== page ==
IGEM:Harvard/2006/Adaptamers/Notebook/2006-7-7

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7/7

Adaptamers:

We've received the short DNA sequences that we'll be using. We are waiting for purified streptavidin protein to come in. The main question is what we will use in our gel shift assay. We cannot use 32P, so our alternatives are:

Invitrogen EMSA kit (cat. E33075) $224. enough for 10 minigel assays.

Roche DIG gel shift (cat. 03353591910) $453. enough for 20 labeling rxns, 200 gel shift rxns, 20 blots, and 20 control rxns. Don't know what 'gel shift reactions' are. Also need nylon membranes, DIG wash and buffer set.

LightShift Chemiluminescent EMSA Kit (prod. # 20148) $349. Enough for 100 binding reactions (??), detection reagants for 800cm^2 membrane.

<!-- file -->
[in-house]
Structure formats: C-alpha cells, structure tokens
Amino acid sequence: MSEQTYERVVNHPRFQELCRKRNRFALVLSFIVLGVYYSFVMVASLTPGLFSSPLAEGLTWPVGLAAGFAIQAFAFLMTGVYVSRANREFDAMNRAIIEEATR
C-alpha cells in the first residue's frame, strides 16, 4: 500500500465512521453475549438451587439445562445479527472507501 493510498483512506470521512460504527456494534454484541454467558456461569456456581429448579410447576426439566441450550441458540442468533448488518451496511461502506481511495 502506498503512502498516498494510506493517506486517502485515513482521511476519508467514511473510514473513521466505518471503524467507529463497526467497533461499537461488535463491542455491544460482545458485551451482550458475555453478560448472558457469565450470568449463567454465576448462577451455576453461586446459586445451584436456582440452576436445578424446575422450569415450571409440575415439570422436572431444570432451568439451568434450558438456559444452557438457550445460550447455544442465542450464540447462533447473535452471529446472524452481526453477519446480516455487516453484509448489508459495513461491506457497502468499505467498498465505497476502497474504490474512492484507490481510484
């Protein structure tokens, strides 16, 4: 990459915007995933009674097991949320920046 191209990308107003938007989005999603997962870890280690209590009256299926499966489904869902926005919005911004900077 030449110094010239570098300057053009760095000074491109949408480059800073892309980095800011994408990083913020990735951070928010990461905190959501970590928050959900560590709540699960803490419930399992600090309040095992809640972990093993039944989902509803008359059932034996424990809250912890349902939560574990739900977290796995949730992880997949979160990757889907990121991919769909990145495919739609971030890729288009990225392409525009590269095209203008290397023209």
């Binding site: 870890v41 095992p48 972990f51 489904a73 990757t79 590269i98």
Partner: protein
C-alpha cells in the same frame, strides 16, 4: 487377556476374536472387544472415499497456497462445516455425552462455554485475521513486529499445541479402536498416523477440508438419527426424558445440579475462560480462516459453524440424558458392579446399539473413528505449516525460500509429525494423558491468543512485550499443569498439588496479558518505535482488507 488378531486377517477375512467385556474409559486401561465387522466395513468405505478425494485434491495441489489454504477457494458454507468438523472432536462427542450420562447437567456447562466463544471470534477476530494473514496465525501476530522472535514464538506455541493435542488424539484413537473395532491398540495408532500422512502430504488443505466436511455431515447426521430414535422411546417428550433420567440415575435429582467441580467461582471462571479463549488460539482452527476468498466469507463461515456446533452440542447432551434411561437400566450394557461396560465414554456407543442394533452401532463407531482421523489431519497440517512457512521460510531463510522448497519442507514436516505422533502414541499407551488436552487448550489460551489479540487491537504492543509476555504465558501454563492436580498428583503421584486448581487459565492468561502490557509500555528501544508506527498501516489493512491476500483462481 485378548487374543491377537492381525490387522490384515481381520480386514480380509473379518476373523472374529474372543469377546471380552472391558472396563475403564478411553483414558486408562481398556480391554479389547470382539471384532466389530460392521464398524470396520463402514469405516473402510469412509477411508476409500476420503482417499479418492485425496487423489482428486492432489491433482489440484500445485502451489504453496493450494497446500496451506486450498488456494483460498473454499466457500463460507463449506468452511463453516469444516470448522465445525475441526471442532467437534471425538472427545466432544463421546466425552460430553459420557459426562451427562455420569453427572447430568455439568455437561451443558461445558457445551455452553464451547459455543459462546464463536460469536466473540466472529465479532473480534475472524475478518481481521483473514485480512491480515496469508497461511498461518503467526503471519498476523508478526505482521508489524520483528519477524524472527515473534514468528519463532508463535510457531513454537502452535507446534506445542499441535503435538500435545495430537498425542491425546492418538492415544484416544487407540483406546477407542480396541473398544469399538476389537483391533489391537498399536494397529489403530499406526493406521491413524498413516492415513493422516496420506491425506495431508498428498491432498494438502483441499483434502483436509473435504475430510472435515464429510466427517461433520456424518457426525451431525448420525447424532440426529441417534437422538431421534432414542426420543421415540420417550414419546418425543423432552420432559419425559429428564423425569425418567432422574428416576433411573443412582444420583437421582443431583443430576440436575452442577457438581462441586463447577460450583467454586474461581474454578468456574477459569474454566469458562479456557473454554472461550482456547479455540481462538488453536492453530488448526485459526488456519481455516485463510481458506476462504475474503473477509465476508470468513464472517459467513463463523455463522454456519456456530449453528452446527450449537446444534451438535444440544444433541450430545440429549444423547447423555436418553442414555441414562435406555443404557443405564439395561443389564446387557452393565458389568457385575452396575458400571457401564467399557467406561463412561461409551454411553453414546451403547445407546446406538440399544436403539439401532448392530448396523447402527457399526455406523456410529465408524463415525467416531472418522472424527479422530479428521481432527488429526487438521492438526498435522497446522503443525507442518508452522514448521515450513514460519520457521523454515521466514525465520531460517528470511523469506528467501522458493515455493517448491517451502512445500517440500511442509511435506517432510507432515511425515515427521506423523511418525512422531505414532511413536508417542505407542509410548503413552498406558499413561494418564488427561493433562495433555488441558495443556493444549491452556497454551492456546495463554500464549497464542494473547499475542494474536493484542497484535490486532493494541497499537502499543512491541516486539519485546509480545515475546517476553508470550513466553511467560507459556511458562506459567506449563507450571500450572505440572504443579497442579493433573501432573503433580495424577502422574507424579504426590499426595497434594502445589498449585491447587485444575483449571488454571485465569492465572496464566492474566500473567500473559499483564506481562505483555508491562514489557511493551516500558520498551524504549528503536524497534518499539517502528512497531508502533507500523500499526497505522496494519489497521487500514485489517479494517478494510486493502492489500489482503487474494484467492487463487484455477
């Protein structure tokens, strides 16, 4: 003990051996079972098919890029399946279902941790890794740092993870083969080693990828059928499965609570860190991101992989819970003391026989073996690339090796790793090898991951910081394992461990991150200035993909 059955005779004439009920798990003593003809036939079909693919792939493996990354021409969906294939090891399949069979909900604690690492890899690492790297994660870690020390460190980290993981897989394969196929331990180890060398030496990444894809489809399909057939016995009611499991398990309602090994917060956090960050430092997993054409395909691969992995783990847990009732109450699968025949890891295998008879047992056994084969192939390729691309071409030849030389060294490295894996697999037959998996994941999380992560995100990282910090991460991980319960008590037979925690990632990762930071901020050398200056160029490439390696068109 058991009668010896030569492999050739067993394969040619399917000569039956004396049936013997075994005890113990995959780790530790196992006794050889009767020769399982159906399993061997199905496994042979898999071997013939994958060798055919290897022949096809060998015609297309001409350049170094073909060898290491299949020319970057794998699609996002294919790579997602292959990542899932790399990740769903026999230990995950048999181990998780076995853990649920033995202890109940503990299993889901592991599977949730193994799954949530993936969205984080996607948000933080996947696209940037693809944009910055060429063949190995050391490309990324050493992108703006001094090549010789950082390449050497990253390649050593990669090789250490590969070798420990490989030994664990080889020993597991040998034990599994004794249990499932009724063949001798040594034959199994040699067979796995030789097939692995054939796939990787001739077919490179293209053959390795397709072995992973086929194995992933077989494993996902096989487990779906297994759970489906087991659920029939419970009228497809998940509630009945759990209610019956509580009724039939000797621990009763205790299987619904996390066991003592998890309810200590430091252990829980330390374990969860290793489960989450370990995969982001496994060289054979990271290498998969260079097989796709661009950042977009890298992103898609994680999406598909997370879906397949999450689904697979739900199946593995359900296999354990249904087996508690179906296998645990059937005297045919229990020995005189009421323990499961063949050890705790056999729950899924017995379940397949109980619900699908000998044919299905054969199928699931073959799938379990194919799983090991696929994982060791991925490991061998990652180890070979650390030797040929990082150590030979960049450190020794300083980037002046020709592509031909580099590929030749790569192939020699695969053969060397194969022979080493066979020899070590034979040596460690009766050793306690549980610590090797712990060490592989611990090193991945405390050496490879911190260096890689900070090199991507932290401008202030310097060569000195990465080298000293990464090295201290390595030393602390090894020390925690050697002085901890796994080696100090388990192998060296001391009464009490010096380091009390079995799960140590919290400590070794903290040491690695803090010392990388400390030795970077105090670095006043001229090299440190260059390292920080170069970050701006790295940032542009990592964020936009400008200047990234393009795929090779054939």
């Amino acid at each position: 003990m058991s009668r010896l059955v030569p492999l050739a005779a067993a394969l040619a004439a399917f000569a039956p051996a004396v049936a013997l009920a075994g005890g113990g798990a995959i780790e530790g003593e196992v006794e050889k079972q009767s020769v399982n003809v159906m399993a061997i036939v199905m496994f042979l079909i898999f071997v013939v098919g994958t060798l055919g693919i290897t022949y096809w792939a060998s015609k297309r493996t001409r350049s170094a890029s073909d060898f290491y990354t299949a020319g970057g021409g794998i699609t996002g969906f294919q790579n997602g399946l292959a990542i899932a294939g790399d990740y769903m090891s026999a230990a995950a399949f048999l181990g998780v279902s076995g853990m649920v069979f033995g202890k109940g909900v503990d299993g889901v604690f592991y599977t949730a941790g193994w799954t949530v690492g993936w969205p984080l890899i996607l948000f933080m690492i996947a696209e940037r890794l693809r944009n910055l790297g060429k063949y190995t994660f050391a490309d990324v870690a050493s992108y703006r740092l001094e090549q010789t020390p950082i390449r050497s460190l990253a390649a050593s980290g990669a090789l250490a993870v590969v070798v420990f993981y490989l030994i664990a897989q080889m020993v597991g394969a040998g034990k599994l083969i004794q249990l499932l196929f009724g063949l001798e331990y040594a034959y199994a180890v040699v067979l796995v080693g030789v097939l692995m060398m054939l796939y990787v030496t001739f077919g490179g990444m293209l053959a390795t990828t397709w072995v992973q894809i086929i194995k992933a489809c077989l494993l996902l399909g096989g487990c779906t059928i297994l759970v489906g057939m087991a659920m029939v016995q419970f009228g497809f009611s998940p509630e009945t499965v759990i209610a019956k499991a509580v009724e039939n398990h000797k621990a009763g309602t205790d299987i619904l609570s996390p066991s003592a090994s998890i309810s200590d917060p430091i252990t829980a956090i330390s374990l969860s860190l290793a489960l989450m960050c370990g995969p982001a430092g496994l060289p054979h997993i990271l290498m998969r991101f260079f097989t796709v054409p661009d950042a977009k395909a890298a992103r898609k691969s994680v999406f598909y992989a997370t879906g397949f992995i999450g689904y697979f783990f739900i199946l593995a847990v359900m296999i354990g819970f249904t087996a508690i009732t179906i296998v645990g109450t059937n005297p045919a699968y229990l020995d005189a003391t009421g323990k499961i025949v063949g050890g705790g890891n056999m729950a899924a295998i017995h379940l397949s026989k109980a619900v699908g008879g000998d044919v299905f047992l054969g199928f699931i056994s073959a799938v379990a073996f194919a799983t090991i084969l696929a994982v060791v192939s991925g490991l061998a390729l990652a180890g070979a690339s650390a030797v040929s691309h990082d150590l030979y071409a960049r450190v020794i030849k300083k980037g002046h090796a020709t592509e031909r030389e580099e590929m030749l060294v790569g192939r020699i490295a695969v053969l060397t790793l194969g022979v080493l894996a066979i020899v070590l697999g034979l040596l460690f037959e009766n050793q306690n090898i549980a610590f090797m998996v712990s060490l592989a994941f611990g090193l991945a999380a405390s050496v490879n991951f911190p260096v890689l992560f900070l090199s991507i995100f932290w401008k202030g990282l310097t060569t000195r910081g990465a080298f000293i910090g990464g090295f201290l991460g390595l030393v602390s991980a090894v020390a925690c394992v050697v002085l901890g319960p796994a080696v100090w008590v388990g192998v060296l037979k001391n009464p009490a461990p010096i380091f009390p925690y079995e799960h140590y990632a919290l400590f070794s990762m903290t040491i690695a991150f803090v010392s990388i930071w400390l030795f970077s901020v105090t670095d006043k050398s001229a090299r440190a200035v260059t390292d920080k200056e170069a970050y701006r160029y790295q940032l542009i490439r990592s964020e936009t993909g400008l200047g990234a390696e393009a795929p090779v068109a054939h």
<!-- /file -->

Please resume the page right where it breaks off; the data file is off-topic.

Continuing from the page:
The first kit uses fluorescent dyes. We would need to buy a $600 filter for the gel imager to use it. The second two involve blotting membranes. Since this project will probably involve trying out a few types of aptamer sequences and many types of intermediate sequences between the two aptamer ends, the latter two, while supposedly more reliable, will likely be too costly. Licor also has a system based on fluorescent dyes but it looks like you buy the parts separately...

Alain suggested that all adaptamers that we create have a sequence that can bind a complementary short sequence; we'd order a lot of labeled short complementary sequence. Sounds like a good idea, as long as those short sequences do not interfere with the aptamer binding.

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